Separating the components that make up your view makes your Swing application more flexible, robust, and maintainable. But that's just a first step. You can also factor out the common elements that define the look for your application in the same way that CSS is used to style a web site.
I have often wondered how people learn to program today.
In the old days we had Basic and Logo, but what do kids use
today? The old standbys are powerful enough to make something for the
web (assuming they even exist) and nothing else has a simple
development environment for children. Perhaps we need something new.
I've been looking at integrating Apache and Tomcat on my PowerBook so that my dev environment more closely matches the box hosting my domain. Although I really do like open source, one of the biggest problems for me is that I always seem to need software that I have to build from the original source. This is one of the reasons I bought a Mac.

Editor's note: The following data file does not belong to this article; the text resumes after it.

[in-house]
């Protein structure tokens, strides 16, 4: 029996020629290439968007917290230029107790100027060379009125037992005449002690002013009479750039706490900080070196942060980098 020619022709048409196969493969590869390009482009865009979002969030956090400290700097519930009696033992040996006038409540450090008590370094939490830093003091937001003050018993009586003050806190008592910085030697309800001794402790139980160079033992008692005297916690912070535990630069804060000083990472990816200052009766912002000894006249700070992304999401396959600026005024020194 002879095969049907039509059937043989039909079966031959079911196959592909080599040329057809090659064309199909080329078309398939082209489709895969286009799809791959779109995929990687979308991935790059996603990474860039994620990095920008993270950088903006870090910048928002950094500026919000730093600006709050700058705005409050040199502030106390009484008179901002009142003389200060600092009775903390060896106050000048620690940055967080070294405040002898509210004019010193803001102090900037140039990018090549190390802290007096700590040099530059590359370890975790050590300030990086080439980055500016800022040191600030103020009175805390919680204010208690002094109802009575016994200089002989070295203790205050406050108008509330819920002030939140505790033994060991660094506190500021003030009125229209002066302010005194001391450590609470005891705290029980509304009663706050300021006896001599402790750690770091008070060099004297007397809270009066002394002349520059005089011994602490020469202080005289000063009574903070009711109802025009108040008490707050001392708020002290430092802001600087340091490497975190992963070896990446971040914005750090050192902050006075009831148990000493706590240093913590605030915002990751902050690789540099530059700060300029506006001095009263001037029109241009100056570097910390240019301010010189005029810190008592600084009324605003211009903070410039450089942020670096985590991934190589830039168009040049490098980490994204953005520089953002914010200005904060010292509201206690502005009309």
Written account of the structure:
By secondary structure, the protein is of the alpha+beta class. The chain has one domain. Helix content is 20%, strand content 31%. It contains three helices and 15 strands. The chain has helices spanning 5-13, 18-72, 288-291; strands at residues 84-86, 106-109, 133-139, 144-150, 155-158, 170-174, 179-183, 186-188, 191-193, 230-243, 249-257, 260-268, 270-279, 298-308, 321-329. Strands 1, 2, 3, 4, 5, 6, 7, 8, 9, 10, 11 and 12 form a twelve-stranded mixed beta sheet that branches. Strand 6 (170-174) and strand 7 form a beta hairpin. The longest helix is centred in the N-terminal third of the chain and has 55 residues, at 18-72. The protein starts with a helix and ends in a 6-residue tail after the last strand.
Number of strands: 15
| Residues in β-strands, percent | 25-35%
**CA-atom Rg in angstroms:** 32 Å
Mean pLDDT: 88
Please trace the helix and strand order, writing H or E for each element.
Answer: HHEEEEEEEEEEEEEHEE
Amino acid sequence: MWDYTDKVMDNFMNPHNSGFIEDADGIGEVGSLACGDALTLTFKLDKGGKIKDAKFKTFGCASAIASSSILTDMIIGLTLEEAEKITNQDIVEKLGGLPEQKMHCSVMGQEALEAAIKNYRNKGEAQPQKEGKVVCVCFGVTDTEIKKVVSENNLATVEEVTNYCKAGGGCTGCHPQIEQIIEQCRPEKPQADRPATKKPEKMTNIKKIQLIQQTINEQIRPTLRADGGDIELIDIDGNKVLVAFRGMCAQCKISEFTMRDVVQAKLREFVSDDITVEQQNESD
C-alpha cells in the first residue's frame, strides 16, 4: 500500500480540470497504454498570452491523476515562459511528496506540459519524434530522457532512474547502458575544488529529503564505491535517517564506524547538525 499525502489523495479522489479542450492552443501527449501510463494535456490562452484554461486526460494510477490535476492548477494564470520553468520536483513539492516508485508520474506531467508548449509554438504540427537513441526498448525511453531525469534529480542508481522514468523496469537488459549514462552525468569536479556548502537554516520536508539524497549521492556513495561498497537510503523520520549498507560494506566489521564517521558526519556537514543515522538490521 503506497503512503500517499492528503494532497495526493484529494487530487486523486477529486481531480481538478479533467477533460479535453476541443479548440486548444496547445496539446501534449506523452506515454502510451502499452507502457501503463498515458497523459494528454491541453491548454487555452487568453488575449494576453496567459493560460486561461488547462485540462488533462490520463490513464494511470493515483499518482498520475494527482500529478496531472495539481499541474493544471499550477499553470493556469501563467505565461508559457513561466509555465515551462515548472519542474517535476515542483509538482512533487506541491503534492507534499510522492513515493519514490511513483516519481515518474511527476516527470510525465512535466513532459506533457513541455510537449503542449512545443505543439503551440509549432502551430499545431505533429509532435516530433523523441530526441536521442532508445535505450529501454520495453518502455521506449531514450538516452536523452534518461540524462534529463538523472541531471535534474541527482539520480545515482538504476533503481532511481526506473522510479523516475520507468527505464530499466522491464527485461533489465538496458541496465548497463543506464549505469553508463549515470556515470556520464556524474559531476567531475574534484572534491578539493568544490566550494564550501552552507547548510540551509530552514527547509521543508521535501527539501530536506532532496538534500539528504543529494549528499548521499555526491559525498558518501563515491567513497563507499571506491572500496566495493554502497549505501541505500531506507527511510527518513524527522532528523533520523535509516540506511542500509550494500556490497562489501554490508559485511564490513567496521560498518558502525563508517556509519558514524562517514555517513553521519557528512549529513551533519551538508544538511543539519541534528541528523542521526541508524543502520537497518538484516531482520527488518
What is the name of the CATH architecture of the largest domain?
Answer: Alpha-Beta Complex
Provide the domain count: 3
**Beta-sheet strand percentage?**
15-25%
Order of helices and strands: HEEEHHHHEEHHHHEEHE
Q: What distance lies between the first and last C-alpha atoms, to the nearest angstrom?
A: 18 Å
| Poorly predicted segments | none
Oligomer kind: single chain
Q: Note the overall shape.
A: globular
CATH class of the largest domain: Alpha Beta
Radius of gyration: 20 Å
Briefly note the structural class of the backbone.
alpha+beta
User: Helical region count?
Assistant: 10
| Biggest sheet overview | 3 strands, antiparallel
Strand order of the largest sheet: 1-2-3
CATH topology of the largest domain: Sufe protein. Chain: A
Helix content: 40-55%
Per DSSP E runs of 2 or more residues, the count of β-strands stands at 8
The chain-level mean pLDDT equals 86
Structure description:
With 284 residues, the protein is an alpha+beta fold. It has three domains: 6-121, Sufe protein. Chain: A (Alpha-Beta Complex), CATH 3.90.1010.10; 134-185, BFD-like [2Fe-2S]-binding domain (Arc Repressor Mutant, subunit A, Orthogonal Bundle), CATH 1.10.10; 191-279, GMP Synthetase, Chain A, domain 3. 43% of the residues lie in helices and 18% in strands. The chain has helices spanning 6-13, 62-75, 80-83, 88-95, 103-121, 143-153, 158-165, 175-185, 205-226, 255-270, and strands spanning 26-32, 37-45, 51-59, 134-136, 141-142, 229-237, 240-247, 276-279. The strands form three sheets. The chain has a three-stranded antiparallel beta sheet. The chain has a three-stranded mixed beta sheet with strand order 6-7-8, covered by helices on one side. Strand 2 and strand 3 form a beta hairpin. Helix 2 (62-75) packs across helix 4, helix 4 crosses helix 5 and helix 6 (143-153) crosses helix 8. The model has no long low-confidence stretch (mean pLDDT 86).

I recently set up a new computer. Installing the applications and getting everything working wasn't so hard - but they didn't feel quite right. I had to go through and reset my preferences and tweak the applications in those little ways that make them fit me - key bindings, font size, window location, ... the usual.
I was just recently faced with taunting task to revamping the transaction handling of the J2EE server without breaking it but improving performance and removing any resource leaks. Already two developers tried to do this but had problems to understand the existing code in the first place and so I failed, too.
P2P is how the internet was supposed to constructed. Instead we got an client - server architecture. So says this incredibly interesting and challenge-issuing report from the MIT Enterprise Technology Review.